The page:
I think the fast food chains in NYC ought to sue the city for failure to provide equal protection under the law. If they have to put calorie and nutritional information on their products, then it ought to be printed on the wafers too.

  20. Johnny Doe says:

    Another thing. The American flag represents the gold standard in modernity; ideals which, at their core, would make instantly improve any Iran or North Korea an order of magnitude. One cannot say the same of a sacred piece of bread, which at best represents an archaic notion of cannibalism. One cannot say, for example, that the ideals of Catholicism would instantly improve any country. Don’t believe me? Ask AIDS-ridden Africa.

    Yes, the knee-jerk effect of desecrating a cherished symbol is palpable, but let’s look at the core of what the symbol actuals means before we step over ourselves in its defense. Just saying.

  21. Bithead says:

    They’re not just “things”,

    Flag burning.

    Your point about represntations is quite correct,Michael. But it does get a little deeper than that, here. I will suggest you google the word “Transubstantiation”.

  22. Michael says:

    Flag burning.

    I feel the same way about flag burning too. Now I feel I should clarify, all of these actions should be legal and protected by the first amendment, while at the same time I feel that they shouldn’t be done.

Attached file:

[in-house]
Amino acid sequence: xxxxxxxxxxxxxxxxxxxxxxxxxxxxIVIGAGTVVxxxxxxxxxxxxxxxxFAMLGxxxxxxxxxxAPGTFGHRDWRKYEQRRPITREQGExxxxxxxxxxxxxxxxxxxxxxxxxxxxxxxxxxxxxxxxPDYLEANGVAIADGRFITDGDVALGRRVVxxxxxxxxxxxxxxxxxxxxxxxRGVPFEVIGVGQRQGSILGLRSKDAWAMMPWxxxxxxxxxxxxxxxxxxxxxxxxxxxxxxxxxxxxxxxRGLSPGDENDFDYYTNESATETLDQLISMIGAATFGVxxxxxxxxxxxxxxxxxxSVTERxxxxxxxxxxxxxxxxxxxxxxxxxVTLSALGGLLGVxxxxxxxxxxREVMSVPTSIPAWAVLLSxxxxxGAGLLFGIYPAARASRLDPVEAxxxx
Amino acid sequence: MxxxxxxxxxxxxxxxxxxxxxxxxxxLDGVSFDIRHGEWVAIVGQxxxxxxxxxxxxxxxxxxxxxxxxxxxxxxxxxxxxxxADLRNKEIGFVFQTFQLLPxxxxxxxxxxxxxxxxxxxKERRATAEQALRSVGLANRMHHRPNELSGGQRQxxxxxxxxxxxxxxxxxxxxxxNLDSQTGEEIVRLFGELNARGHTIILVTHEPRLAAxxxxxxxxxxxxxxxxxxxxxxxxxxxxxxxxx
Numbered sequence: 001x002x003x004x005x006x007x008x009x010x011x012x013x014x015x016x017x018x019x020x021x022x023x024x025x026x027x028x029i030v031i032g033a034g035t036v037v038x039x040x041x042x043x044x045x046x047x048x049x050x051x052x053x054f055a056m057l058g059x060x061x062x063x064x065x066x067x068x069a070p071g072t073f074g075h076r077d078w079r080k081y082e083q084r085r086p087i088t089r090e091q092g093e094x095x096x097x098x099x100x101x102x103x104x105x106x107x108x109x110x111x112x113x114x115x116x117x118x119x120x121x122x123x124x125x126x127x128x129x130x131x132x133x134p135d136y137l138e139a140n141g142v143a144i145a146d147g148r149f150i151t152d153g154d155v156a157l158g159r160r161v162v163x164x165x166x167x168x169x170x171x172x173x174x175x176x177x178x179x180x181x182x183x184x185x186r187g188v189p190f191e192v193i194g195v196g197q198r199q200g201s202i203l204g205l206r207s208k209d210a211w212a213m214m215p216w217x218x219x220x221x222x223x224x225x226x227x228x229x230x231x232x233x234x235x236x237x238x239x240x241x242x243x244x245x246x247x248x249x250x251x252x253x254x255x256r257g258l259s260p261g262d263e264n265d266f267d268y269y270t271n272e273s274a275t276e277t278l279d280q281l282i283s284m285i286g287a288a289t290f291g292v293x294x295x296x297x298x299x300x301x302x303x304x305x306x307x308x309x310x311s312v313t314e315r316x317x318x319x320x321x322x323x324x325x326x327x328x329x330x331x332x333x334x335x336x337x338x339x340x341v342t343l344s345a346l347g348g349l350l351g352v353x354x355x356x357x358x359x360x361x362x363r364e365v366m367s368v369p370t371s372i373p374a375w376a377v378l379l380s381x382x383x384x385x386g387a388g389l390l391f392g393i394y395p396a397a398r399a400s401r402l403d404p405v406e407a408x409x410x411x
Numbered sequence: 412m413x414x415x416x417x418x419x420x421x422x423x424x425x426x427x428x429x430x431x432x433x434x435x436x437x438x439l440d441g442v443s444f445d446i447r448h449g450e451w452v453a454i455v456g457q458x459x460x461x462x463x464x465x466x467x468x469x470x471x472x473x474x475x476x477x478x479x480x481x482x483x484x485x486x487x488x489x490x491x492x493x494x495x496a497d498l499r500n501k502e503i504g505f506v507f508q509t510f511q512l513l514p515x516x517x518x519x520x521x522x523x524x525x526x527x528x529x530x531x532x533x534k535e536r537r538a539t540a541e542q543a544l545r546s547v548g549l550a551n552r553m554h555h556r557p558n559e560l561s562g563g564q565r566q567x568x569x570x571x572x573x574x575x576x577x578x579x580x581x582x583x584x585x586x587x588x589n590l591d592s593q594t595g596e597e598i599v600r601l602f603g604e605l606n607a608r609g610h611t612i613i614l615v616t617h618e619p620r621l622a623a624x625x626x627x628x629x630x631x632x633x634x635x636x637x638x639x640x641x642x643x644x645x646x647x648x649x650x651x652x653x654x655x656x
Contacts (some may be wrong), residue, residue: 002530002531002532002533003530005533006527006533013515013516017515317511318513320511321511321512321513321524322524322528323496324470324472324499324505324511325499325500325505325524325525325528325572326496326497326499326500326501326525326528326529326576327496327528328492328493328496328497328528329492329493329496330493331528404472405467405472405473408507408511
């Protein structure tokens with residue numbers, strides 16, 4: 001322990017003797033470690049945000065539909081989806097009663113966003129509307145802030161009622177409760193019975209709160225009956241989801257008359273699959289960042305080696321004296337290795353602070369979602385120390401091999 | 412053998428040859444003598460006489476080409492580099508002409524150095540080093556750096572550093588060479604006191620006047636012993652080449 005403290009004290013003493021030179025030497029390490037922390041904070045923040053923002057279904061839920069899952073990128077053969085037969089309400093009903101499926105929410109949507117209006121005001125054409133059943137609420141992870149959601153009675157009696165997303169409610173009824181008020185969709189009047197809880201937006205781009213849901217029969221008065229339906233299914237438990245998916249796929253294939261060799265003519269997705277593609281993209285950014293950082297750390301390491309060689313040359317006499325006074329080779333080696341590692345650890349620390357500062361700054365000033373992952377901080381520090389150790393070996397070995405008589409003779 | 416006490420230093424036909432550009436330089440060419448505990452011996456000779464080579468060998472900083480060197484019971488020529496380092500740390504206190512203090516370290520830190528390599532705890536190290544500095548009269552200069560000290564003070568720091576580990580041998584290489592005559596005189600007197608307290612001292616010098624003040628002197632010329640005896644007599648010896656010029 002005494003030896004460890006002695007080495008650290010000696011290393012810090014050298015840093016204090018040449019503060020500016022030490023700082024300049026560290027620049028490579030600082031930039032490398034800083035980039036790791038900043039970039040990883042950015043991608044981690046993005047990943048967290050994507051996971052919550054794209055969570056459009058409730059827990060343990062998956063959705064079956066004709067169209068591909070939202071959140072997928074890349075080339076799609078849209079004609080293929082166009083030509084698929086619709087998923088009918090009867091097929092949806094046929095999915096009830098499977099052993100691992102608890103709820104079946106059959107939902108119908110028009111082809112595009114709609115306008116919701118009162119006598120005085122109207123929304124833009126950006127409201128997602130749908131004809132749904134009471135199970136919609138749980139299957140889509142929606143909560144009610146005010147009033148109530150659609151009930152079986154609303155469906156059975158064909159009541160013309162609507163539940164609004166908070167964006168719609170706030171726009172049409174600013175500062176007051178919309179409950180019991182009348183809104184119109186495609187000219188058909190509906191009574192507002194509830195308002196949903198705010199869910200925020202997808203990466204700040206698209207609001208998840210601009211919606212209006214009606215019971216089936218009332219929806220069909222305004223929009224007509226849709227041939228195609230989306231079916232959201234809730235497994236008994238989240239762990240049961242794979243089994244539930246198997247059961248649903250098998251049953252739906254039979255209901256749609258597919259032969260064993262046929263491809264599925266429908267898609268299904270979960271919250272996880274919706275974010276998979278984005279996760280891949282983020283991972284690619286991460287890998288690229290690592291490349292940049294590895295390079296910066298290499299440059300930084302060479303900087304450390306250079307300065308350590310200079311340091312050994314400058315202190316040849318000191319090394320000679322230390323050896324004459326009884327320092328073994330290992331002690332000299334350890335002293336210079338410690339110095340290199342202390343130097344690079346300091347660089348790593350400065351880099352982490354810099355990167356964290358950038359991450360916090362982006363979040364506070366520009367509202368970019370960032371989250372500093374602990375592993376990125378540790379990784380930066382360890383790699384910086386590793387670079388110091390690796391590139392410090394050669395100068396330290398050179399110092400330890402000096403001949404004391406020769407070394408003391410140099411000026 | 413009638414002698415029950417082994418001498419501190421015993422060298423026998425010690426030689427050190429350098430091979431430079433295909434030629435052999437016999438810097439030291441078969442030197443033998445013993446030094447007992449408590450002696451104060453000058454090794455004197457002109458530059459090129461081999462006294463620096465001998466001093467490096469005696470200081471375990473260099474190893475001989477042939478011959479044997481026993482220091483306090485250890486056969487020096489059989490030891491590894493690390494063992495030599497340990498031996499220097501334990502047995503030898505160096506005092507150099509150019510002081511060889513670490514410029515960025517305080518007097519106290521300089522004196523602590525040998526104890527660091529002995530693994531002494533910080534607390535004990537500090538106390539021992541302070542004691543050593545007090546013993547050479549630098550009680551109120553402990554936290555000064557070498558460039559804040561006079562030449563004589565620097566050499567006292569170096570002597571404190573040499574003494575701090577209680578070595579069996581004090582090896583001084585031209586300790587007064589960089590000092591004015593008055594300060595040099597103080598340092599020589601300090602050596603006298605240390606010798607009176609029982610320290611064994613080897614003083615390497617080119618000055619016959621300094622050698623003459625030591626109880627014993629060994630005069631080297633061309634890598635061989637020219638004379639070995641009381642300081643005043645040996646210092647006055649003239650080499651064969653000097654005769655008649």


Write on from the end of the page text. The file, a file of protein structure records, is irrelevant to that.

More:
But it does get a little deeper than that, here. I will suggest you google the word “Transubstantiation”.

    Yeah, I have a hard time factoring superstition into my moral code. If I don’t believe it’s the body of Christ, then my ethics will not be based on it. To me, the only thing real here is how Catholics feel about the Eucharist, not the Eucharist itself, and so that is all I can base my choices on.

  23. Floyd says:

    Substitute your keyboard for “a colored crayon”
    and if the shoe fits…..

    http://www.wbr.com/paulsimon/lyrics/poem_underground_wall.html

  24. Bithead says:

    Yeah, I have a hard time factoring superstition into my moral code.

    Go crack a dictionary, and yo’ll find that supertition and religion are two different things.

    If I don’t believe it’s the body of Christ, then my ethics will not be based on it.

    So, then we’re not to repect the beliefs of others, after all?

  25. Michael says:

    Go crack a dictionary, and yo’ll find that supertition and religion are two different things.

    I won’t argue that. I have a problem with superstition, not religion. As I noted, a person’s religion is a factor in whether I view an action is right or wrong, but not their superstition. Misusing a communion cracker is morally wrong, to me, because of the religion of Catholics, not because of the superstition.

    So, then we’re not to repect the beliefs of others, after all?

    There’s a difference between respecting someone’s belief, and sharing someone’s belief. Again going back to the cracker, I don’t believe it was the body of Christ, so I don’t feel it was morally wrong because of that. On the other hand, I respect the beliefs of those who do think it was the body of Christ, and I feel it was morally wrong because of that.